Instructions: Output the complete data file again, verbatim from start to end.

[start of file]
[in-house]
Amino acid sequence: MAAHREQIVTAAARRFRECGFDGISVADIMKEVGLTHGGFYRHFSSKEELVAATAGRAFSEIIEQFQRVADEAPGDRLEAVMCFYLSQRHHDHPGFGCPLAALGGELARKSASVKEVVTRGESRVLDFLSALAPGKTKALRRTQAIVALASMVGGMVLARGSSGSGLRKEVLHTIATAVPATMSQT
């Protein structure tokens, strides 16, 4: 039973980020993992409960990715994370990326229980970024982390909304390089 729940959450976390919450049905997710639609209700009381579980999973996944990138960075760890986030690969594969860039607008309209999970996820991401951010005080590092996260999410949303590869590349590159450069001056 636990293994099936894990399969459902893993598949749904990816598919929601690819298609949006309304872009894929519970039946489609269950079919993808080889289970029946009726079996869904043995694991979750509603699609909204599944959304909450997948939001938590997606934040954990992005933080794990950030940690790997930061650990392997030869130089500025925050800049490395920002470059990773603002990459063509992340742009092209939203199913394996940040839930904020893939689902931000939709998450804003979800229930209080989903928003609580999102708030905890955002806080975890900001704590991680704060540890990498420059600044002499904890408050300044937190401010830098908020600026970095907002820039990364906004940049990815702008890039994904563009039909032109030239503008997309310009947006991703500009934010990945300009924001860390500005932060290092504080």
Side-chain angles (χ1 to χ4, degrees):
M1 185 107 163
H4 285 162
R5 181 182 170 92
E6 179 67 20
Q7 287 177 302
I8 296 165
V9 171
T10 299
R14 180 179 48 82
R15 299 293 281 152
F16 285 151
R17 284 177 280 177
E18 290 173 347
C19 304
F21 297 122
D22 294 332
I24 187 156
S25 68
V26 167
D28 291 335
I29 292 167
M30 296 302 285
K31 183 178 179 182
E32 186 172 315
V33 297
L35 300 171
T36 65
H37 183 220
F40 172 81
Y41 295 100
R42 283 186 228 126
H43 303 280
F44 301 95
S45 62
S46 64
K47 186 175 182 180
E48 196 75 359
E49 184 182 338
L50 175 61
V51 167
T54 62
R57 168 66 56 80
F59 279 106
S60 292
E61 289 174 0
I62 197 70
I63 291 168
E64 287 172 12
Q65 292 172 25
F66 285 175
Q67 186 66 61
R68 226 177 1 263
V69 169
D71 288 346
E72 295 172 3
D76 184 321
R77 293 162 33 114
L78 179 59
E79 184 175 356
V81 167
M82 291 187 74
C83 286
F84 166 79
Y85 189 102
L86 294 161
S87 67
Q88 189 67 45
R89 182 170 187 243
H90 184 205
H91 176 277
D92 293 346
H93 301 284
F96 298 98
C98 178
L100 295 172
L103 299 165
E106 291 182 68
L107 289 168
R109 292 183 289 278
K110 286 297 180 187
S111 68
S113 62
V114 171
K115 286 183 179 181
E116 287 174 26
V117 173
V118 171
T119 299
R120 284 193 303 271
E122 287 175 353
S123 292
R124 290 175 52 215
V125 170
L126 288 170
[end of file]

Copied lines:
[in-house]
Amino acid sequence: MAAHREQIVTAAARRFRECGFDGISVADIMKEVGLTHGGFYRHFSSKEELVAATAGRAFSEIIEQFQRVADEAPGDRLEAVMCFYLSQRHHDHPGFGCPLAALGGELARKSASVKEVVTRGESRVLDFLSALAPGKTKALRRTQAIVALASMVGGMVLARGSSGSGLRKEVLHTIATAVPATMSQT
């Protein structure tokens, strides 16, 4: 039973980020993992409960990715994370990326229980970024982390909304390089 729940959450976390919450049905997710639609209700009381579980999973996944990138960075760890986030690969594969860039607008309209999970996820991401951010005080590092996260999410949303590869590349590159450069001056 636990293994099936894990399969459902893993598949749904990816598919929601690819298609949006309304872009894929519970039946489609269950079919993808080889289970029946009726079996869904043995694991979750509603699609909204599944959304909450997948939001938590997606934040954990992005933080794990950030940690790997930061650990392997030869130089500025925050800049490395920002470059990773603002990459063509992340742009092209939203199913394996940040839930904020893939689902931000939709998450804003979800229930209080989903928003609580999102708030905890955002806080975890900001704590991680704060540890990498420059600044002499904890408050300044937190401010830098908020600026970095907002820039990364906004940049990815702008890039994904563009039909032109030239503008997309310009947006991703500009934010990945300009924001860390500005932060290092504080």
Side-chain angles (χ1 to χ4, degrees):
M1 185 107 163
H4 285 162
R5 181 182 170 92
E6 179 67 20
Q7 287 177 302
I8 296 165
V9 171
T10 299
R14 180 179 48 82
R15 299 293 281 152
F16 285 151
R17 284 177 280 177
E18 290 173 347
C19 304
F21 297 122
D22 294 332
I24 187 156
S25 68
V26 167
D28 291 335
I29 292 167
M30 296 302 285
K31 183 178 179 182
E32 186 172 315
V33 297
L35 300 171
T36 65
H37 183 220
F40 172 81
Y41 295 100
R42 283 186 228 126
H43 303 280
F44 301 95
S45 62
S46 64
K47 186 175 182 180
E48 196 75 359
E49 184 182 338
L50 175 61
V51 167
T54 62
R57 168 66 56 80
F59 279 106
S60 292
E61 289 174 0
I62 197 70
I63 291 168
E64 287 172 12
Q65 292 172 25
F66 285 175
Q67 186 66 61
R68 226 177 1 263
V69 169
D71 288 346
E72 295 172 3
D76 184 321
R77 293 162 33 114
L78 179 59
E79 184 175 356
V81 167
M82 291 187 74
C83 286
F84 166 79
Y85 189 102
L86 294 161
S87 67
Q88 189 67 45
R89 182 170 187 243
H90 184 205
H91 176 277
D92 293 346
H93 301 284
F96 298 98
C98 178
L100 295 172
L103 299 165
E106 291 182 68
L107 289 168
R109 292 183 289 278
K110 286 297 180 187
S111 68
S113 62
V114 171
K115 286 183 179 181
E116 287 174 26
V117 173
V118 171
T119 299
R120 284 193 303 271
E122 287 175 353
S123 292
R124 290 175 52 215
V125 170
L126 288 170